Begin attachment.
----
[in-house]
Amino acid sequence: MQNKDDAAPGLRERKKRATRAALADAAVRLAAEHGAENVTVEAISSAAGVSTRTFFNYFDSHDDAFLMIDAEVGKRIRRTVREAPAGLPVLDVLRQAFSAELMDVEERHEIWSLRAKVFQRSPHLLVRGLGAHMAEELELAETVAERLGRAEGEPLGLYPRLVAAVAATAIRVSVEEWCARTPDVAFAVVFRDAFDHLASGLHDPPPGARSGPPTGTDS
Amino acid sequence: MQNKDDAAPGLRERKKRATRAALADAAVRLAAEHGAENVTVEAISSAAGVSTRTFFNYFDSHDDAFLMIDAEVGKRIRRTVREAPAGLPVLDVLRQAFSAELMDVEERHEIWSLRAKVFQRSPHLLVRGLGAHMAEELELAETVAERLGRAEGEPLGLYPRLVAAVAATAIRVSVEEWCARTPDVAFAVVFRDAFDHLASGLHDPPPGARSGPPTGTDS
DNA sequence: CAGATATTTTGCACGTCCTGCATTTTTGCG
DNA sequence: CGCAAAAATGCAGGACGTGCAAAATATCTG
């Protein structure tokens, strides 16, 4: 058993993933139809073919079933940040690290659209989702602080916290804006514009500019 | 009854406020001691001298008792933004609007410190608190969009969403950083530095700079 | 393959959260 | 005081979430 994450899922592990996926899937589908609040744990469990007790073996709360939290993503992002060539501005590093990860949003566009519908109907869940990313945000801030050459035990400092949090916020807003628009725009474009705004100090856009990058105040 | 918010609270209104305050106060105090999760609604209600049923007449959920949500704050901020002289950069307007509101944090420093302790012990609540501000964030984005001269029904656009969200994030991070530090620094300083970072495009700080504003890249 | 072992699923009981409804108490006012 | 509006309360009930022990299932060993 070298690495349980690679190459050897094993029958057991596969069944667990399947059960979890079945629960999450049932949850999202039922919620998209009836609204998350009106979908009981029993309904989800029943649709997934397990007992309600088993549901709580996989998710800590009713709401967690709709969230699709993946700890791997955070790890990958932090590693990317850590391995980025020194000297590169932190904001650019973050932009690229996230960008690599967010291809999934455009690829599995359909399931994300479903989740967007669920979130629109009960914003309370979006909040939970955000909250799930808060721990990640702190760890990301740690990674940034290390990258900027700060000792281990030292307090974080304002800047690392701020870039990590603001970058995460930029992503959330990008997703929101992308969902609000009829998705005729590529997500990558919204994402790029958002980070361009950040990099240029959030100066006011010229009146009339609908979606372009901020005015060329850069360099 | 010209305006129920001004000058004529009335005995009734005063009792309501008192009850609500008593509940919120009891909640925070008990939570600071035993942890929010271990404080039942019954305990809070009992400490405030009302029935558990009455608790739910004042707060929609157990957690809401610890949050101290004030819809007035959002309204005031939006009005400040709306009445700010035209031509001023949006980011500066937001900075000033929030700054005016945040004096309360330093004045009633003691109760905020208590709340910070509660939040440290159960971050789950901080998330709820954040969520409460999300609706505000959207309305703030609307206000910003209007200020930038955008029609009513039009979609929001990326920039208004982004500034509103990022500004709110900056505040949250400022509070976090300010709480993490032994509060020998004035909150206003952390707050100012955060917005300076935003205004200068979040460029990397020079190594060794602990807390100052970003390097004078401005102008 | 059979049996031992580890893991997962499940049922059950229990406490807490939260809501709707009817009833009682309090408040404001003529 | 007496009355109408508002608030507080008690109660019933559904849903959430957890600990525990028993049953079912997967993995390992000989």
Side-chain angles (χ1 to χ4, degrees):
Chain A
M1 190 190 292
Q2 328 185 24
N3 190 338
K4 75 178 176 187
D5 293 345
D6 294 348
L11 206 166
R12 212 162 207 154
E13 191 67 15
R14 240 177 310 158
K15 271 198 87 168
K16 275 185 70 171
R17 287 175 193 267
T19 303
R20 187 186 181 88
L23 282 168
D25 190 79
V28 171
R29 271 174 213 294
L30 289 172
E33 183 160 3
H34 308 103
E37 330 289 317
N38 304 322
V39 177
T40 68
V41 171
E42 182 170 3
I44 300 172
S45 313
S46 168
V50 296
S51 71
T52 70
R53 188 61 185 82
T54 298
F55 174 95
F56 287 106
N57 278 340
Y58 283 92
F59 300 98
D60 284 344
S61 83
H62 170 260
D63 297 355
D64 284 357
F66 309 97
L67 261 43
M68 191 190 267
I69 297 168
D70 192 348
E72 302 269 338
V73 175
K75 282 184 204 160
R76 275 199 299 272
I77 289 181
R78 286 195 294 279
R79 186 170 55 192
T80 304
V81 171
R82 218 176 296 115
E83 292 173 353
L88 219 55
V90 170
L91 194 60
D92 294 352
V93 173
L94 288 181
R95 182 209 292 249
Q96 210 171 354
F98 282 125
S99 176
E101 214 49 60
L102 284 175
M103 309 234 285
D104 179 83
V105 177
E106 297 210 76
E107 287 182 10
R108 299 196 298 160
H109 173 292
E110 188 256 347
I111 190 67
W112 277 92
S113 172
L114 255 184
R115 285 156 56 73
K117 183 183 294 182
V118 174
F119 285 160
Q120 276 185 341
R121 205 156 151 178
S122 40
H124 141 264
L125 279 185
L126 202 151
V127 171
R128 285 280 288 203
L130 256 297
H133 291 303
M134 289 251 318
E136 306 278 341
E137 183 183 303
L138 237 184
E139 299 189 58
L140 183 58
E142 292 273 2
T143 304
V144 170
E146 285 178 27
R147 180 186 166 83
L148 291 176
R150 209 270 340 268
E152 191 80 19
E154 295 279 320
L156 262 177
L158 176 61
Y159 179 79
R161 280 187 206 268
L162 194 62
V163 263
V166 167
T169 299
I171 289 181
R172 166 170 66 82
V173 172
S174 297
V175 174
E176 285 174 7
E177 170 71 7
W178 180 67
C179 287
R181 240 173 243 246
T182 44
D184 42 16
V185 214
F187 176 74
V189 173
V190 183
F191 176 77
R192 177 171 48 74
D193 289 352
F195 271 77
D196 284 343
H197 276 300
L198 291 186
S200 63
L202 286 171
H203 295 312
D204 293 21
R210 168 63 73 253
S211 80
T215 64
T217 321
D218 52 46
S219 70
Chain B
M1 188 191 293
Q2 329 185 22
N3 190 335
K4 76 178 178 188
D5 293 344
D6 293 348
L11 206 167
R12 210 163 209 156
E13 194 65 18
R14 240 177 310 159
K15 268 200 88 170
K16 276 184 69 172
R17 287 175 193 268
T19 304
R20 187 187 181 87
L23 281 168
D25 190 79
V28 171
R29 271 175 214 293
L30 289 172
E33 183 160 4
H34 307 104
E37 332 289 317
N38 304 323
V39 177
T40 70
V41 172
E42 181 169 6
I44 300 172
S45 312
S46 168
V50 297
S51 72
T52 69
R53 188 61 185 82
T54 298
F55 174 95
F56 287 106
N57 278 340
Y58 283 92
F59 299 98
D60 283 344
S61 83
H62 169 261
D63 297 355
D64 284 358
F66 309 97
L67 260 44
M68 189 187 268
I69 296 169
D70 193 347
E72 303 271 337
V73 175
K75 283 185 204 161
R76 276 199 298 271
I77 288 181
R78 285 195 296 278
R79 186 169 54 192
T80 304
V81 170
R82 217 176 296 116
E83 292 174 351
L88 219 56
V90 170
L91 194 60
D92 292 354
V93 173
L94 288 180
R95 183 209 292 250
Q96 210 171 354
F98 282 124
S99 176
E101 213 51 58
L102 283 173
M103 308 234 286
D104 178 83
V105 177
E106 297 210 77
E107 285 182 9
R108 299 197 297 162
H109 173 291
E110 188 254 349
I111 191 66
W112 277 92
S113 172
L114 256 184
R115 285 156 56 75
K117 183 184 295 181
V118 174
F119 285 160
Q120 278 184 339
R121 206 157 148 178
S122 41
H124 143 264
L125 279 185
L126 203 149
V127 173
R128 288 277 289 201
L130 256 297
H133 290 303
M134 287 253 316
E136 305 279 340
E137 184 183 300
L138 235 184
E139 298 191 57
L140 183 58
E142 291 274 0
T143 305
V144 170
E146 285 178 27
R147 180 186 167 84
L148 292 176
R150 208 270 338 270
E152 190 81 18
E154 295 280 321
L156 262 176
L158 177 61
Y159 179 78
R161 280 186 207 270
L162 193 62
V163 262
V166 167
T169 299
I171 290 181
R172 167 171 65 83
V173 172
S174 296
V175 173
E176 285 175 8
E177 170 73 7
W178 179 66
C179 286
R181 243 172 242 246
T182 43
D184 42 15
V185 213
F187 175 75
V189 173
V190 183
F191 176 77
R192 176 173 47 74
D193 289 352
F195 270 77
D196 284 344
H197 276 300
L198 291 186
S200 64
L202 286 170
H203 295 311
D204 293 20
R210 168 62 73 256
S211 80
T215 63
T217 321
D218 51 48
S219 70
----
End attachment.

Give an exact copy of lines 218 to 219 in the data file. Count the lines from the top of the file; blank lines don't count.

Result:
V73 175
K75 283 185 204 161